According to the 2003 study (Homeschooling in the United States, 2003. table 4), the most common reason for homeschooling was “concern about environment of other schools”, with 85.4% of respondents stating this reason. Religious reasons was number 2, with 72.3%, followed closely by "dissatisfaction with academic instruction at other schools". The most important reason in this study was “concern about environment of other schools”, at 31.2%, with religious or moral instruction at 29.8%. While religious/moral reasons were a concern, they were not, as you have stated, “the most common reason”.

According to the 1999 study (Homeschooling in the United States, 1999, table 4 – p11), the most common reason for homeschooling was  “can give a child better education at home), with 48.9% of respondents stating this reason. Religious reasons was not even close at 38.4%. Even including the standard error, religious/moral reasons cannot be stated as “the most common reason”.

I am not sure why you stated religious/moral training was the most common reason, as it is not supported by the studies. I would assume a bit of ignorance on your part, as the other option is you willfully ignored the facts to make your point.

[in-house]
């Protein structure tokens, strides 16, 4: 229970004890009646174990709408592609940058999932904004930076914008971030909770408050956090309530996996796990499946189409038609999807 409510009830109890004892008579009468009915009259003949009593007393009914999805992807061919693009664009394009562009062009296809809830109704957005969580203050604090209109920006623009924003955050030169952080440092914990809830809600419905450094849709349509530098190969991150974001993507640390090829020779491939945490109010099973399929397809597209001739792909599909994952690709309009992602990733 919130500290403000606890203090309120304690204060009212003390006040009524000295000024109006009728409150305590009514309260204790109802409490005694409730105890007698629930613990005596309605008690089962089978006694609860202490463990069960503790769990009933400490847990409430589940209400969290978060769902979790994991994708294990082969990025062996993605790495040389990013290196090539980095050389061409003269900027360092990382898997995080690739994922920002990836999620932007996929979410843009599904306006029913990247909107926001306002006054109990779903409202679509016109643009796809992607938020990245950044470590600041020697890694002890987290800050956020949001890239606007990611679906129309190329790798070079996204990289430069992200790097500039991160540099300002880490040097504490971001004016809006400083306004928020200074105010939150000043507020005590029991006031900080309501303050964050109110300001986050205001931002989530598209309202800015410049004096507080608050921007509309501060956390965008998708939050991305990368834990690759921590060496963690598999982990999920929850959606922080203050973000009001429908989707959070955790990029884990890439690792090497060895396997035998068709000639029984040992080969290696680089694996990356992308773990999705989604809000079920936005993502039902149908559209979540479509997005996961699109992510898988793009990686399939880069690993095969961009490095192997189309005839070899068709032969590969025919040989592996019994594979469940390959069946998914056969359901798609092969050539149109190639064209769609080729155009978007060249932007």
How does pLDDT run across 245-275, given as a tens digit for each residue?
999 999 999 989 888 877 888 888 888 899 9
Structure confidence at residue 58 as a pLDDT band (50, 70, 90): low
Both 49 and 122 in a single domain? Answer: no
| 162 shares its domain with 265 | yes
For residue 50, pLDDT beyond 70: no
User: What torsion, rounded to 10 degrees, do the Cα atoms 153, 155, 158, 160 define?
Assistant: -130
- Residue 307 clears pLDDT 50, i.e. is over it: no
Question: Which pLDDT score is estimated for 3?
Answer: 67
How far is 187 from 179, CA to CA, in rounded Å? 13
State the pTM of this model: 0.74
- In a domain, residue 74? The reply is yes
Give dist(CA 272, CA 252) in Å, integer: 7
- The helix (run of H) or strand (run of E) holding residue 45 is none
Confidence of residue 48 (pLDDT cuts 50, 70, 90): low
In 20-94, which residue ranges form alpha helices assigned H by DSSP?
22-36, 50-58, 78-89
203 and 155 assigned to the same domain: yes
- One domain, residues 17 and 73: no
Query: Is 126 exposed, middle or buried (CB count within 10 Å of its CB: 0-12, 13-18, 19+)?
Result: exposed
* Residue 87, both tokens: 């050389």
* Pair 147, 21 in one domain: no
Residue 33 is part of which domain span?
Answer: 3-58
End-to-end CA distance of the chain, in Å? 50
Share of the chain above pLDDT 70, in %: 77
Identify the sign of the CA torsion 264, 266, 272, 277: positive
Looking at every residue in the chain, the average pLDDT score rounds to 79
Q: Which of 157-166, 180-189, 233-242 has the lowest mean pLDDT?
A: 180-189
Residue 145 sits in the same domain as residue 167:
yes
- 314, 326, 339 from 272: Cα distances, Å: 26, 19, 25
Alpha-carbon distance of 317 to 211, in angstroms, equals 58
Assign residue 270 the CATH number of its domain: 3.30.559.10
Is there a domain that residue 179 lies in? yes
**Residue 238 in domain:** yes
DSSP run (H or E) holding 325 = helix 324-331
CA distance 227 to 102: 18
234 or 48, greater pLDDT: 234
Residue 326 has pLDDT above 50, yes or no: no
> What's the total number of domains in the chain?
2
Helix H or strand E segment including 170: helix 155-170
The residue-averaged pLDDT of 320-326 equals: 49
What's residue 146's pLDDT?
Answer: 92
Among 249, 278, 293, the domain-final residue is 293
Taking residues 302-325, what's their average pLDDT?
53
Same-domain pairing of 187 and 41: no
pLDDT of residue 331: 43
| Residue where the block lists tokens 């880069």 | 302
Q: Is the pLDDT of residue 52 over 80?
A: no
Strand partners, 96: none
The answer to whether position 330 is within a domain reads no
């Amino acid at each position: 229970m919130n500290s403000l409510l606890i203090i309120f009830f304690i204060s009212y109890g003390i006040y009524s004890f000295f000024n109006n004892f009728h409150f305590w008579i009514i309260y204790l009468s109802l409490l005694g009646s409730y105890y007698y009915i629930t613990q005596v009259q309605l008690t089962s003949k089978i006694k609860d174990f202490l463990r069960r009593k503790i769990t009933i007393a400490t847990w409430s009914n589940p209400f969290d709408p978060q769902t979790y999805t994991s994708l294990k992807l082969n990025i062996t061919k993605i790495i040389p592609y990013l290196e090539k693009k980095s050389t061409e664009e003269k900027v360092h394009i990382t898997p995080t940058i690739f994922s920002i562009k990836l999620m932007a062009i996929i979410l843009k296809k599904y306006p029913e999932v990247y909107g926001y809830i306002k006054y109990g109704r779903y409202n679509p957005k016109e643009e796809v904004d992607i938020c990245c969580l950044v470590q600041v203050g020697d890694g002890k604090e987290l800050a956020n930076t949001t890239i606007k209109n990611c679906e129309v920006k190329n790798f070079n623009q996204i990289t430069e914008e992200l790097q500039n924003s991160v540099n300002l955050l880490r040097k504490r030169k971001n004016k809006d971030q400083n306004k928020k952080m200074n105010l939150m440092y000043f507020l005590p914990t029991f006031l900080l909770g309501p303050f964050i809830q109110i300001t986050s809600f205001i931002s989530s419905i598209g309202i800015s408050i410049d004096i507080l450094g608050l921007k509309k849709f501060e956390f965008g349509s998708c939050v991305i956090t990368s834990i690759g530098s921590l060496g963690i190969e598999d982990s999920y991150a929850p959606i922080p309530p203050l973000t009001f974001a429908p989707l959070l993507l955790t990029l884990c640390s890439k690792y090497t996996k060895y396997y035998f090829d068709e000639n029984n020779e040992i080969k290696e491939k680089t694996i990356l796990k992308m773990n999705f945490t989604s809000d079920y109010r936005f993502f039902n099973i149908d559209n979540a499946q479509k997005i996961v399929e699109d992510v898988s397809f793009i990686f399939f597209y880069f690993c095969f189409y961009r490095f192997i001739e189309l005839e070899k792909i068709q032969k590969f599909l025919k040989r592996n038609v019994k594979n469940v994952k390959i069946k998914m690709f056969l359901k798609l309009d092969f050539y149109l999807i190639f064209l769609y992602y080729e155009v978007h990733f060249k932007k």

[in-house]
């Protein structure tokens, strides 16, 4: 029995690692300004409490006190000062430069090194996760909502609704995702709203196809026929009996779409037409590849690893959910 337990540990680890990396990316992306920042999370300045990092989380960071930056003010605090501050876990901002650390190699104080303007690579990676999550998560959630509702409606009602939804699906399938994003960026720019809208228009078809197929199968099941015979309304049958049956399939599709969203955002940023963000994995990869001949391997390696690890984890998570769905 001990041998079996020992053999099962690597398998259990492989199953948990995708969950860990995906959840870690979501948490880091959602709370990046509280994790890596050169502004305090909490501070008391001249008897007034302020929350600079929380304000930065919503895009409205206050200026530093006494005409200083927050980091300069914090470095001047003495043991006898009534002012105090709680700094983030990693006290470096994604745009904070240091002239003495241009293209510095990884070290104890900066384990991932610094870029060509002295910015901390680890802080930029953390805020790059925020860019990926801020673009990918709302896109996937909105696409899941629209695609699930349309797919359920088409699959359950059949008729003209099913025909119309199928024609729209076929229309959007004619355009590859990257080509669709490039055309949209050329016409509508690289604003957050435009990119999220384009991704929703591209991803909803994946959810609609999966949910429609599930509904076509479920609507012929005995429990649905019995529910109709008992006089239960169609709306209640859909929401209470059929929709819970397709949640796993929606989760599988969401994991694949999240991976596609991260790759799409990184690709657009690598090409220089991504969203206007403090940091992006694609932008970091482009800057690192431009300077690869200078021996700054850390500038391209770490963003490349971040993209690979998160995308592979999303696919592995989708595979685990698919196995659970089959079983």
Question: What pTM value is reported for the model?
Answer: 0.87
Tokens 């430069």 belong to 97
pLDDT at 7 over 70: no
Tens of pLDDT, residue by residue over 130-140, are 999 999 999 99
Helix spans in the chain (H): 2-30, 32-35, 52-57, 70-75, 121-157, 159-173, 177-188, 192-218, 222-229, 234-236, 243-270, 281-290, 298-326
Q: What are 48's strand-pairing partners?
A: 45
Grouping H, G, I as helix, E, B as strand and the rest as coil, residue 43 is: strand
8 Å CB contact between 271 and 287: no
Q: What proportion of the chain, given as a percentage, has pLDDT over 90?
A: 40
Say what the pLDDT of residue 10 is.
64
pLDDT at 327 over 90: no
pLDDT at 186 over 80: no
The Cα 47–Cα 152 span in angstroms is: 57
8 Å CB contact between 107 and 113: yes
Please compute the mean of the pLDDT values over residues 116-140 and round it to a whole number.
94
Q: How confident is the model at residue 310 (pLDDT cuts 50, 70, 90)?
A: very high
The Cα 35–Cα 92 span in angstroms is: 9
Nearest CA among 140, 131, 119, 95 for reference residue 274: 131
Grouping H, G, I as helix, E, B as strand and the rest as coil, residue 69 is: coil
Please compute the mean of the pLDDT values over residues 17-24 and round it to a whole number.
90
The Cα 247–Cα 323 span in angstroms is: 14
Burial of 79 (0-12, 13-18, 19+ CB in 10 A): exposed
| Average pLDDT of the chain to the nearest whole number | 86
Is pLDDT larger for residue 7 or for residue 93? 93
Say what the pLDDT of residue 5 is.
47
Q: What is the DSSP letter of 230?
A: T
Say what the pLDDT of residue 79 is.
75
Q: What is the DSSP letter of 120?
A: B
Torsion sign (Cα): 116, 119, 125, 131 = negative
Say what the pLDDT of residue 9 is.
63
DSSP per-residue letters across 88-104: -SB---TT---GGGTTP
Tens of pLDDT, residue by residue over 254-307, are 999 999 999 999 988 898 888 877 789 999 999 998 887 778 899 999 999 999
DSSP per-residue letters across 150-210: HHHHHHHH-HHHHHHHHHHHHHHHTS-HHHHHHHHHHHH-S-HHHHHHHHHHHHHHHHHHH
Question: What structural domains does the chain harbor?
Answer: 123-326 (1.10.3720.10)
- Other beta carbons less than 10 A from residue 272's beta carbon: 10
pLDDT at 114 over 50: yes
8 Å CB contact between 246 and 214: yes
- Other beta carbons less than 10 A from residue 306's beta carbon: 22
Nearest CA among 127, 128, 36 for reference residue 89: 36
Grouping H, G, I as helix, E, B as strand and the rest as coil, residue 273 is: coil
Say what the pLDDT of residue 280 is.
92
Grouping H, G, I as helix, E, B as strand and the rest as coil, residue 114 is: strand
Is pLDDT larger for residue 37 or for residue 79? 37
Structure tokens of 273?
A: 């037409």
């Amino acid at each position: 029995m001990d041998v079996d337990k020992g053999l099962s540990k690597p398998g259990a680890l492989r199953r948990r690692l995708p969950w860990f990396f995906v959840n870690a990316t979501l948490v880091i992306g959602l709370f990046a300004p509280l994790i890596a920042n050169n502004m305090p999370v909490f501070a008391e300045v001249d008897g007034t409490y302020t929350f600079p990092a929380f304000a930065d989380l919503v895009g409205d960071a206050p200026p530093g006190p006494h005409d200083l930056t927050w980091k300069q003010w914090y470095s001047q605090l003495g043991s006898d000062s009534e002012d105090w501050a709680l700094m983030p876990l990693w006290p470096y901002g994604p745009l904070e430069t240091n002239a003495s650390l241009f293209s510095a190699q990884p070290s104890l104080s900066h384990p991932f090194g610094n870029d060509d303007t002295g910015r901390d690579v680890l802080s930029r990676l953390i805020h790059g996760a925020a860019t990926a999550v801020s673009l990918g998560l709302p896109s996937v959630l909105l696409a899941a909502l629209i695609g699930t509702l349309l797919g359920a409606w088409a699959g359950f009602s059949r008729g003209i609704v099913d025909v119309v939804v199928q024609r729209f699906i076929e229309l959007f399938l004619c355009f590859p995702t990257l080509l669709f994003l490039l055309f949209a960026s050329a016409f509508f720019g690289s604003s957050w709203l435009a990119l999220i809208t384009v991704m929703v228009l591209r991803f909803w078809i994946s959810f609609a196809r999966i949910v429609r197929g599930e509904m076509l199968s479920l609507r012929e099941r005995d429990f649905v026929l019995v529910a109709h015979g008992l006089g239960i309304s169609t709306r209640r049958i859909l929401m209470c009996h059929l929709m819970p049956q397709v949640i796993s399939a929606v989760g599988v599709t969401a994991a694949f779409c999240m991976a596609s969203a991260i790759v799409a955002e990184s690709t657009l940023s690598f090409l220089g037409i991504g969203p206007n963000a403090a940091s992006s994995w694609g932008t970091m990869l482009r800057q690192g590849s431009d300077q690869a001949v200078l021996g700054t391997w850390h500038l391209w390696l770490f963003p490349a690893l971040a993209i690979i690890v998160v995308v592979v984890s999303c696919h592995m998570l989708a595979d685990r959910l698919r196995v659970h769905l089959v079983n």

6. Homeschooling parent/teachers are arrogant to the point of lunacy. For real! My qualifications to teach English include a double major in English and education, two master’s degrees (education and journalism), a student teaching semester and multiple internship terms, real world experience as a writer, and years in the classroom dealing with different learning styles. So, first of all, homeschooling parent, you think you can teach English as well as me? Well, maybe you can. I’ll give you that. But there’s no way that you can teach English as well as me, and biology as well as a trained professional, and history… and Spanish… and art… and counsel for college as well as a school’s guidance counselor… and… and…

The fallacy here is known as argumentum ad verecundiam, or an appeal to authority. While credentials are useful in determining a person’s qualifications to perform an action, they do not mean that the person is particularly good at performing the action.

There is also three unproven underlying assumptions: